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Tersebox | Millennial's Corner | STAND. START. WIN.

Tersebox | Millennial's Corner | STAND. START. WIN.

Let’s not Bargain for “Diya” on Diwali

diya on diwali
[Photo: Pixabay]


Let’s not Bargain for “Diya” on Diwali

Diwali “the festival of Light” is near the corner, let’s make it a festival of lights by spreading happiness by not wasting money on crackers rather helping to light the houses of those people without whom our Diwali celebrations would incomplete. These hardworking people look forward to this big festival as they would be able to sell the most during this period. Yes, I am talking about the “Kumhars” or “Potters” as well as the people who sell these products.

It has been understood that even if ‘diyas’ or some other clay products ‘mitti ka mandir’, ‘Laxmi Ganesh idol’ as well as some other decorative things is a must for Diwali, we don’t miss a chance to bargain from the street-side sellers. On the other hand, the same products sold decoratively in shops or malls and we do not even get a chance to bargain but we still buy that.

Diwali is the festival of lights as well as happiness why not buy from these street sellers without bargaining much. The potters who make lamps, diyas and other pottery items are on the verge of extinction. As Chinese lighting products are available at a cheaper rate, that should not harm the value of these incredible artists. They have to fight day and night with several types of competitions, especially during these festive seasons, which hurt them really bad. The potters here live cheek by jowl and this is perhaps the greatest barrier to their success. Buyers of their products are able to drive a hard bargain with these sellers.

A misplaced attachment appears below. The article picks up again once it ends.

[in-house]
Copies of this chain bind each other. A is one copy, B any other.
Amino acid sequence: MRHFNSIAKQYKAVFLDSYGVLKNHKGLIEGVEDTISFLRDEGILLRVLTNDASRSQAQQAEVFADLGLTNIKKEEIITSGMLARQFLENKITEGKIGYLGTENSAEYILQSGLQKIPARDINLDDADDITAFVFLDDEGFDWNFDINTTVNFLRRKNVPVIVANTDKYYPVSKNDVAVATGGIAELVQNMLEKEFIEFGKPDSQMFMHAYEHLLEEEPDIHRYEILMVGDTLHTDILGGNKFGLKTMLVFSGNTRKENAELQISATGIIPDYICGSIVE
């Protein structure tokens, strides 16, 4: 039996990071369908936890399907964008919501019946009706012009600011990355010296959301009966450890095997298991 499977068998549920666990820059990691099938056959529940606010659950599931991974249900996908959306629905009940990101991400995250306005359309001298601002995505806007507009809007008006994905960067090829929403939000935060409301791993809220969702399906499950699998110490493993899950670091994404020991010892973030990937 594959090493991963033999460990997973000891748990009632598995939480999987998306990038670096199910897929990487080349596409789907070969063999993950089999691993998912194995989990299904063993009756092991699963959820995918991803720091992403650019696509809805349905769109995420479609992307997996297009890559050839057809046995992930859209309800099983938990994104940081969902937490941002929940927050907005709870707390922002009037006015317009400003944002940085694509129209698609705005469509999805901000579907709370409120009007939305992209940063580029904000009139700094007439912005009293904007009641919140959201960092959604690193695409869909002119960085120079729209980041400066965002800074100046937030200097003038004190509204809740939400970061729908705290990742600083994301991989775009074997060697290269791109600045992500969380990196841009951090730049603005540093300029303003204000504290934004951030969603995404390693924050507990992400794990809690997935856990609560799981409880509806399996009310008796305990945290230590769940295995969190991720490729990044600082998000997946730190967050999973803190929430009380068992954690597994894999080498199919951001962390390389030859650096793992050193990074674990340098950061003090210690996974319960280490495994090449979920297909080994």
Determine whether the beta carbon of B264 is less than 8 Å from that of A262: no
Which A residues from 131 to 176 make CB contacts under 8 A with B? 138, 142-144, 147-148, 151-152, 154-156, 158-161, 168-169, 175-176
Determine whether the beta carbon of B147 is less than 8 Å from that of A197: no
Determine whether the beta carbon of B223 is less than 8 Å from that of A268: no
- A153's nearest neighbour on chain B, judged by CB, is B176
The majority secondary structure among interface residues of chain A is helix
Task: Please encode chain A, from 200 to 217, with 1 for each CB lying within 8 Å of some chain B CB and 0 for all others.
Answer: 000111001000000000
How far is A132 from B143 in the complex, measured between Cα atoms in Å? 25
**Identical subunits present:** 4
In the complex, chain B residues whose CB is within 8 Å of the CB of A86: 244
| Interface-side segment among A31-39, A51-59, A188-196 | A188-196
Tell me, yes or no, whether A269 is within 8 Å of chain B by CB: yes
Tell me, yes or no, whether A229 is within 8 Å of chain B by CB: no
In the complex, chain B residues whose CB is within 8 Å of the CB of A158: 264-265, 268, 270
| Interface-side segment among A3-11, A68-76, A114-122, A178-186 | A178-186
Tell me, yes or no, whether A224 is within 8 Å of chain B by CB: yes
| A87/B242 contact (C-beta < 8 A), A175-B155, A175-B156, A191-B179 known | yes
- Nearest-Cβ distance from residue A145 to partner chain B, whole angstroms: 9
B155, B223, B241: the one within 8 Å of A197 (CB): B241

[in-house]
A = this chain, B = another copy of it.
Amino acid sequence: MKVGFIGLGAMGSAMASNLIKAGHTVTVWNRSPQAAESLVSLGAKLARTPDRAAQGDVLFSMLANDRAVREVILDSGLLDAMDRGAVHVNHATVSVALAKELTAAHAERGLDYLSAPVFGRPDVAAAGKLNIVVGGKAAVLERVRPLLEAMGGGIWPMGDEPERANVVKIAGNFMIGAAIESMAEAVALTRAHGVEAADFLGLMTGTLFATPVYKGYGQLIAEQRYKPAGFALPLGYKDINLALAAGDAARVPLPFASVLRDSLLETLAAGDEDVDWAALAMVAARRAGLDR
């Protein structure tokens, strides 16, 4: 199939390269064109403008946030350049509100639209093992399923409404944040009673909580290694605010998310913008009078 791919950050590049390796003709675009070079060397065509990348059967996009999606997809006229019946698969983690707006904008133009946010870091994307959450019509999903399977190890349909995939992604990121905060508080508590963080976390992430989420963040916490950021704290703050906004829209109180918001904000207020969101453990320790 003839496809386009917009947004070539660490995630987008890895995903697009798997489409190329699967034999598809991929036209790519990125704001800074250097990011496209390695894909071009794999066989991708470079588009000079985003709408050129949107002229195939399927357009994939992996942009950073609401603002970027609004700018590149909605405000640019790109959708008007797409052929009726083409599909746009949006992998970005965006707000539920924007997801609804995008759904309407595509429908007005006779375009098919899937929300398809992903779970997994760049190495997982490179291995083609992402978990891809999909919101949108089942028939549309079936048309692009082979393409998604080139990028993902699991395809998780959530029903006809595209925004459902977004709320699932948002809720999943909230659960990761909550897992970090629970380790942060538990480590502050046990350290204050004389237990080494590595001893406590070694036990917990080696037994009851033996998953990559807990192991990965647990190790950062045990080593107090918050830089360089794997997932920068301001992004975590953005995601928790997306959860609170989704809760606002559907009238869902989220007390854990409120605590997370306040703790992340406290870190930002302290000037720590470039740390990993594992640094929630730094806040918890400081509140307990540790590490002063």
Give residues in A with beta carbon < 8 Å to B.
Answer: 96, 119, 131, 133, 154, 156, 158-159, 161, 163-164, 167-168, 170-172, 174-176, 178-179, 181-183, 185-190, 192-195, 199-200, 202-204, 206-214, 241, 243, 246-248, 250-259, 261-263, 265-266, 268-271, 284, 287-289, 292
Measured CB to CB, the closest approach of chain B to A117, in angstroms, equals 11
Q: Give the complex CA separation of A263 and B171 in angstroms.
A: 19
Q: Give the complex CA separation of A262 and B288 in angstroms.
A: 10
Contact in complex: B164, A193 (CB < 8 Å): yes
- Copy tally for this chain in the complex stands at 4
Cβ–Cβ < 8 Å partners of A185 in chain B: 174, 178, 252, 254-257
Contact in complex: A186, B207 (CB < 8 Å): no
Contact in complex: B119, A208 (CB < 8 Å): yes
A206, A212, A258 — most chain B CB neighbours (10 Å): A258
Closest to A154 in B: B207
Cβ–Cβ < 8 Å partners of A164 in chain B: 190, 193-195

Even though the potters spend a little fortune on making their superbly designed products, their average price realization is very low. But the silver lining is that foreign buyers find these products delightful and reflective of Indian culture. The price that they get from international travelers is considerably higher than their local buyers. There is a reason behind this, as they understand the value of this hard work also gives importance to the artwork. They very well understand the effort and hard work put behind that, starting from extracting the best suitable soil for this kind of product and so many other processes. One should think this time before you say this to them “Miiti ka hai, ya Sone ka?” (Is it made of clay or gold?) as we feel they are charging high. But I believe this is not less than made of gold for them. As this is their daily bread and butter and this festival is the only hope to earn a better selling for the whole year.

Let’s say no to crackers and without much bargaining from them buy from the StreetSide sellers and light their houses with happiness and prosperity. We live with them and we should value them instead of them waiting for their foreigner buyers who value their art and understand their feelings. As they celebrate the same festivals as we do and we share the same feelings too.

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